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My personal musings about anything that gets on my radar screen--heavily dominated by politics.
|Houston, We Have A Disconnect|
[via Colorado Senate News]
Just so you know:
From the Denver Post:
The Post believes Ritter deserves a chance to weigh in on such a critical issue. Thus, we support the idea of a moratorium. But even if the BLM plan is held up for Ritter's review, some drilling will, and should, begin fairly soon.
That could trigger up to $1 billion as the state share of leasing payments on the land. Additionally, the state could collect $100 million or more annually for the next 20 to 30 years
From the Rocky Mountain News:
The opposition to leasing is sincere and passionate, but we think opponents overstate the downside and fail to appreciate the potential benefits. These would accrue not only to consumers of natural gas - meaning just about everyone - but more specifically to the taxpayers of this state. Penry and White's proposal highlights the boon that Roan could represent for higher education without individual taxpayers being called upon, once again, to finance the rescue operation.
short of a highly unlikely act of Congress, gas drilling on the top of the Roan Plateau is all but a fait accomplii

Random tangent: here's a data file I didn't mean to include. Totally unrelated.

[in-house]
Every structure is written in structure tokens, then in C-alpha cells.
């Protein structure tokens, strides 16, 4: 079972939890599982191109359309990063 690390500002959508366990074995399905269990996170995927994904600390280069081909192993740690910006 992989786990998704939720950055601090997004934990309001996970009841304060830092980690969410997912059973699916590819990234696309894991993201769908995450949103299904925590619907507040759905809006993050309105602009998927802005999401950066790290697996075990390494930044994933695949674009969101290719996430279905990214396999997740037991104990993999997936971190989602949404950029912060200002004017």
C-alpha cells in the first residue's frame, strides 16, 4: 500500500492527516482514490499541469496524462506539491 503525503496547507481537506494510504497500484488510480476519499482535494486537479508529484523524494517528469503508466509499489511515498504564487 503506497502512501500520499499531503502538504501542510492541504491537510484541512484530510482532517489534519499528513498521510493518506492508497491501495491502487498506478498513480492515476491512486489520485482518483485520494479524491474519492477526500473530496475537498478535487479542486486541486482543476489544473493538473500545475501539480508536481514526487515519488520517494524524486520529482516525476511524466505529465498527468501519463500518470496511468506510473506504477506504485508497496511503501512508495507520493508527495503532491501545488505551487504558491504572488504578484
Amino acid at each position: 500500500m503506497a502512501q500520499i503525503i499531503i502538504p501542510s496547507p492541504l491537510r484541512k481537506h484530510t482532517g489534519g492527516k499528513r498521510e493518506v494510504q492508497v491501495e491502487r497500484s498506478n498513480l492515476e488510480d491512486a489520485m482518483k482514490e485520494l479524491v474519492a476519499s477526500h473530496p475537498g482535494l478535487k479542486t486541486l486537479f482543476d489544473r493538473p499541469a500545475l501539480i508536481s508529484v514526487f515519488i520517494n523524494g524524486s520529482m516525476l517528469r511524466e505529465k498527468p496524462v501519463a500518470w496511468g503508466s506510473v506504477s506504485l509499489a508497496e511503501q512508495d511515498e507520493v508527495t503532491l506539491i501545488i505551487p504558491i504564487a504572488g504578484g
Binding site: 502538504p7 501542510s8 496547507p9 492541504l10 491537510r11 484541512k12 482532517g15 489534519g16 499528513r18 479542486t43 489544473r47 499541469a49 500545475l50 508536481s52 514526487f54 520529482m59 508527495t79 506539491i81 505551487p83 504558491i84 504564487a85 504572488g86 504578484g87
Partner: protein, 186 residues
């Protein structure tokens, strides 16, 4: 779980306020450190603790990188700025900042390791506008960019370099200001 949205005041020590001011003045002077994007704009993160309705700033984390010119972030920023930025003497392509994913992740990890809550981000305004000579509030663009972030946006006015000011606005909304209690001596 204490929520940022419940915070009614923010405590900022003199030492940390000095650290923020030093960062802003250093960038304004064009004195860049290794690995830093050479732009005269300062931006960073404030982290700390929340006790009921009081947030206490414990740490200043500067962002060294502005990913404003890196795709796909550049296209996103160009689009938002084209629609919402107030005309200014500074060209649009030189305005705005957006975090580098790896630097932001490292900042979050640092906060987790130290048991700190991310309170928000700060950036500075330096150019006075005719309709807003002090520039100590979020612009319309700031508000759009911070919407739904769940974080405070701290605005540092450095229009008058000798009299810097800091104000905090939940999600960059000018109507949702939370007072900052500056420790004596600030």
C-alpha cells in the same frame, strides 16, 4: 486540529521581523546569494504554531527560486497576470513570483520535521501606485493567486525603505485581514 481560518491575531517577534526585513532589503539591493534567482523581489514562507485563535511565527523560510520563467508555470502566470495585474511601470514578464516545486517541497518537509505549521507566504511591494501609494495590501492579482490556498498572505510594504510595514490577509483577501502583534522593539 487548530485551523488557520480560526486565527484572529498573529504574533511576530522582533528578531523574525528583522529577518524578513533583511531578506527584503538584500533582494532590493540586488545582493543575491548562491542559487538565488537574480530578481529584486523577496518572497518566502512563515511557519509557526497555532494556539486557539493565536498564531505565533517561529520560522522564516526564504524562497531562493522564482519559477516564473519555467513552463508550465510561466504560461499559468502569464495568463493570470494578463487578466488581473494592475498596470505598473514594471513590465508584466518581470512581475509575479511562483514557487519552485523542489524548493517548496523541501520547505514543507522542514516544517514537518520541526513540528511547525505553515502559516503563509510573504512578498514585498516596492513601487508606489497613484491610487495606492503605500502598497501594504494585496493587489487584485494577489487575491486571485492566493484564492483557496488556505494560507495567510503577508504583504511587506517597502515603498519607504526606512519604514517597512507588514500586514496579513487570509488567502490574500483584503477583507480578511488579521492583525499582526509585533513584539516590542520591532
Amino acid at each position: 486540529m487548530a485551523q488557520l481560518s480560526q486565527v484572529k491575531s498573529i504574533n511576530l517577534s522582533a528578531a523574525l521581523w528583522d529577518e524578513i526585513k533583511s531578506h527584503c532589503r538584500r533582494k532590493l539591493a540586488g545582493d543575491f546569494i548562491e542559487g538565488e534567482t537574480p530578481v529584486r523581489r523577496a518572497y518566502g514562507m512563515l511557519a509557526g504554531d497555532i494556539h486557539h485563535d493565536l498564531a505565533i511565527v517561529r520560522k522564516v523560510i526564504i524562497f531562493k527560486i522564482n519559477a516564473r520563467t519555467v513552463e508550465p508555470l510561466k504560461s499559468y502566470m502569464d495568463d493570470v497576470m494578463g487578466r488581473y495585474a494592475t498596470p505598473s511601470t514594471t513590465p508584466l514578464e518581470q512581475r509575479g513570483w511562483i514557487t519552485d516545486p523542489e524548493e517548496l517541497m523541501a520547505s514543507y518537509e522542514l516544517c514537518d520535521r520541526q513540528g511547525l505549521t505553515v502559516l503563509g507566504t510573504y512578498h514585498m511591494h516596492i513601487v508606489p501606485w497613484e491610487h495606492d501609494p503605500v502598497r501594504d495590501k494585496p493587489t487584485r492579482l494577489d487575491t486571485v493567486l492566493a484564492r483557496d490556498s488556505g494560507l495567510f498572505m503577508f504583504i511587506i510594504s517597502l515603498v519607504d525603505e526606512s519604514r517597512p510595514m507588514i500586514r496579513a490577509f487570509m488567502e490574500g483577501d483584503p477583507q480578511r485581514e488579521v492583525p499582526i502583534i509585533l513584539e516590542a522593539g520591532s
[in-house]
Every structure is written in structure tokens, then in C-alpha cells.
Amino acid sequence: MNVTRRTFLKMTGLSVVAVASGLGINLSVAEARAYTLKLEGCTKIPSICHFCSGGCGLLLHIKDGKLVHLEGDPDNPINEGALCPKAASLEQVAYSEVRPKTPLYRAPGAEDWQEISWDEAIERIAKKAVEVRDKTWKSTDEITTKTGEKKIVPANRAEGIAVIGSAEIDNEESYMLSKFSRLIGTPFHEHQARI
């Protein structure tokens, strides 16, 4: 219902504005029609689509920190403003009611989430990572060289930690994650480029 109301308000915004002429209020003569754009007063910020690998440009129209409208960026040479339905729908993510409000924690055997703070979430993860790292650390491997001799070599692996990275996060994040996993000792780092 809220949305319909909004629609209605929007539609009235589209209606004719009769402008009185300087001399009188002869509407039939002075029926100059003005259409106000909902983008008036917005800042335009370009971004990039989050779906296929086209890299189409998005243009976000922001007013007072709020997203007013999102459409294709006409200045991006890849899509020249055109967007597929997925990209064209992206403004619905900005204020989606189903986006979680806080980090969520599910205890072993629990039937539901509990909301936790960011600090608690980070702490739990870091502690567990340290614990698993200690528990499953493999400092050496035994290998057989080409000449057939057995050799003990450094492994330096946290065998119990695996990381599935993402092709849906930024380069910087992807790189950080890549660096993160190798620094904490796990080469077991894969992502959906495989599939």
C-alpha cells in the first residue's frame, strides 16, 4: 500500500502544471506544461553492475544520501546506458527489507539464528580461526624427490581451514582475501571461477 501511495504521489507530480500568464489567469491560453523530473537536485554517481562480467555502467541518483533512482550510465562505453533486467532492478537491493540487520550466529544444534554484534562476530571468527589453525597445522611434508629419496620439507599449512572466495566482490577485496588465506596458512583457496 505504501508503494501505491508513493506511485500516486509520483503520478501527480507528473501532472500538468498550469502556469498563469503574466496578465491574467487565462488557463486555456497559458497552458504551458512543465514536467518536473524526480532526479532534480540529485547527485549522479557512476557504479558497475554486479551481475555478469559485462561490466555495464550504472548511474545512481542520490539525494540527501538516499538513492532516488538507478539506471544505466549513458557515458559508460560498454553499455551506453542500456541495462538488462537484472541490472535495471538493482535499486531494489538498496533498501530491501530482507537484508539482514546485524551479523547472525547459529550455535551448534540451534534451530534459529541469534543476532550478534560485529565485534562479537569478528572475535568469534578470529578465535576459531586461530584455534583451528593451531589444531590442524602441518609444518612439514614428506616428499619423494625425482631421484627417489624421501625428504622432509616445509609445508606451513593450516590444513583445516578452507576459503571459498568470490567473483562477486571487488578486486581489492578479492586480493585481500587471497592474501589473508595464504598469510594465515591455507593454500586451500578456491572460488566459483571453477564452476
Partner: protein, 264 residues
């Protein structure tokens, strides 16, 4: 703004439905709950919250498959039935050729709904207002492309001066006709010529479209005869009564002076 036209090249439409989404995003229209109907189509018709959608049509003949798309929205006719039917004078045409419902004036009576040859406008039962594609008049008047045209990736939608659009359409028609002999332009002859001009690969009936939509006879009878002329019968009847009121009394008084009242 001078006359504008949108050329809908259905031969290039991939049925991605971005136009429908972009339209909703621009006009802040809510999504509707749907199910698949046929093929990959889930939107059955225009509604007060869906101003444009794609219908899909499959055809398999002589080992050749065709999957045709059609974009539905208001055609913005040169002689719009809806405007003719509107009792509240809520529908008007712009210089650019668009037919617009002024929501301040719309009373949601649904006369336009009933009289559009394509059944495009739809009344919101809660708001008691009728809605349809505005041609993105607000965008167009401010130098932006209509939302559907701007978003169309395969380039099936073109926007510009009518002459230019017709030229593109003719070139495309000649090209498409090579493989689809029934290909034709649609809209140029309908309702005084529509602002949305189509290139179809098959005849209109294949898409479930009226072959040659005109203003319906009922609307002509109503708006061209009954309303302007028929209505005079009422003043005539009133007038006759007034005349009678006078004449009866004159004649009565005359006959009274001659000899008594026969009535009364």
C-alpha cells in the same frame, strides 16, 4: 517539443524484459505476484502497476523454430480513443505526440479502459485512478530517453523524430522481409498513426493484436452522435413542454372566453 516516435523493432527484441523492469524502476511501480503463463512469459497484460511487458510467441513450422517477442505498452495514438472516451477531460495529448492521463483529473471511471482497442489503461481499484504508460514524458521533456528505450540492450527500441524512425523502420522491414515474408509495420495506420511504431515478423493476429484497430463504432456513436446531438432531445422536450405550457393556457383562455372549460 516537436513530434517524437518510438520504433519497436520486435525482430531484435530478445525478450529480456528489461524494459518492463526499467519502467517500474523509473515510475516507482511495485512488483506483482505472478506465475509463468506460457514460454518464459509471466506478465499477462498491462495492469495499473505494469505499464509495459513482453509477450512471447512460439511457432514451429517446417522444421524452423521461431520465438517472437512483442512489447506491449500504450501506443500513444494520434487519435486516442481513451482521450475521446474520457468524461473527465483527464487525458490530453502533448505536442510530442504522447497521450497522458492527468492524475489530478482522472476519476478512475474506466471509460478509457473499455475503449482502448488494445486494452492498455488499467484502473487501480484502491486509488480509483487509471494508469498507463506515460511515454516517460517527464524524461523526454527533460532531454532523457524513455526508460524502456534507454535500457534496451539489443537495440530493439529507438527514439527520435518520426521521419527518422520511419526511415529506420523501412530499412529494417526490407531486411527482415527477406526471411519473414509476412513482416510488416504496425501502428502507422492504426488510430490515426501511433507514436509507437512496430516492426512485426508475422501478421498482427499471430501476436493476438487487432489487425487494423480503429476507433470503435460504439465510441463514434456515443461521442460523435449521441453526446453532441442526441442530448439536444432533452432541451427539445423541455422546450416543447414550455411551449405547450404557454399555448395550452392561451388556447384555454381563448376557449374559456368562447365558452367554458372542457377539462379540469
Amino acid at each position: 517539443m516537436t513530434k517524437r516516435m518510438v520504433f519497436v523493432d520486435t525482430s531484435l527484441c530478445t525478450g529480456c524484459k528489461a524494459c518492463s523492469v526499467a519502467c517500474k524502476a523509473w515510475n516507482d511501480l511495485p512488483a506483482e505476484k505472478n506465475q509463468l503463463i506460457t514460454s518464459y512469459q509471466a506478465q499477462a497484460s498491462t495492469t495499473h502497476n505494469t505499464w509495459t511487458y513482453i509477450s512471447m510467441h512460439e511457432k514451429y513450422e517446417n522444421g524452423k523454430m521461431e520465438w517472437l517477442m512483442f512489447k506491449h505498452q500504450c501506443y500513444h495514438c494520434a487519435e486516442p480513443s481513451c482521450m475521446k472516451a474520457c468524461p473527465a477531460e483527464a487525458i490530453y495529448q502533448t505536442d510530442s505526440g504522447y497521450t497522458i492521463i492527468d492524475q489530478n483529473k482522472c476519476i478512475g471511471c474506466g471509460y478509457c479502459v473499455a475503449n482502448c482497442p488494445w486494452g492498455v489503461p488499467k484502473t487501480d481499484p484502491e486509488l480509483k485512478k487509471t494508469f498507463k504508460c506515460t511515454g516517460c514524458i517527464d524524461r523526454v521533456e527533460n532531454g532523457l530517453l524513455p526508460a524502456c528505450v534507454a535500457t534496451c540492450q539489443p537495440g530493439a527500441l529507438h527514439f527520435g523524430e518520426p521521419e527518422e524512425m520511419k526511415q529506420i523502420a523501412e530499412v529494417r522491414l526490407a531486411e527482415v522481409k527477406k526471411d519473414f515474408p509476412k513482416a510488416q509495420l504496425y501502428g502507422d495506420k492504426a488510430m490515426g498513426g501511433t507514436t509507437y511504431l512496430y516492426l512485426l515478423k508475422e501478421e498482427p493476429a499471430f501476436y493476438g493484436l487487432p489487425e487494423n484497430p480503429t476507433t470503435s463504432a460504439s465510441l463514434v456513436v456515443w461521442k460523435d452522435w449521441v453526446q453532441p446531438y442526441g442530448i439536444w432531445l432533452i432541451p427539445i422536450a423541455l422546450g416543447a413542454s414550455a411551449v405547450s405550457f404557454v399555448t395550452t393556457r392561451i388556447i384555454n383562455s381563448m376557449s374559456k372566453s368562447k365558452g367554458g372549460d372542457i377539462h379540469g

And, finally, the Colorado Springs Gazette:
But since the West’s energy boom began, the “stunning,” “pristine,” “special,” teaming-with-fragile-flora-and-fauna Roan has taken on near-mythical status with the anti-drilling crowd, like some lost world re-discovered. . . .
No politician is stupid enough to support a blanket ban on drilling, especially when energy prices are pinching. They just oppose drilling in the “pristine,” “special,” “irreplaceable” parts of their state or congressional district, which amounts to the same thing. . . .
And with the nation facing a serious energy crunch, the no-drilling option simply doesn’t make sense.
And, then, on the other side:
"Oil shale has potential as an energy source, but Colorado’s Western Slope has had experience with a rush to development that ended up hurting our region’s economy," . . .
My amendment will slow that process down so that we can be thoughtful about oil shale development."
And Sen. Ken Salazar:
“As I have said before, the top of the Roan Plateau is one of Colorado’s special places, and I believe that this unique Colorado crown jewel should not be opened to drilling for oil and gas at this time.
That DOES make it pretty easy to see Udall and Salazar as a bit, well, extreme on this particular issue, doesn't it?
[cross-posted at Schaffer v. Udall]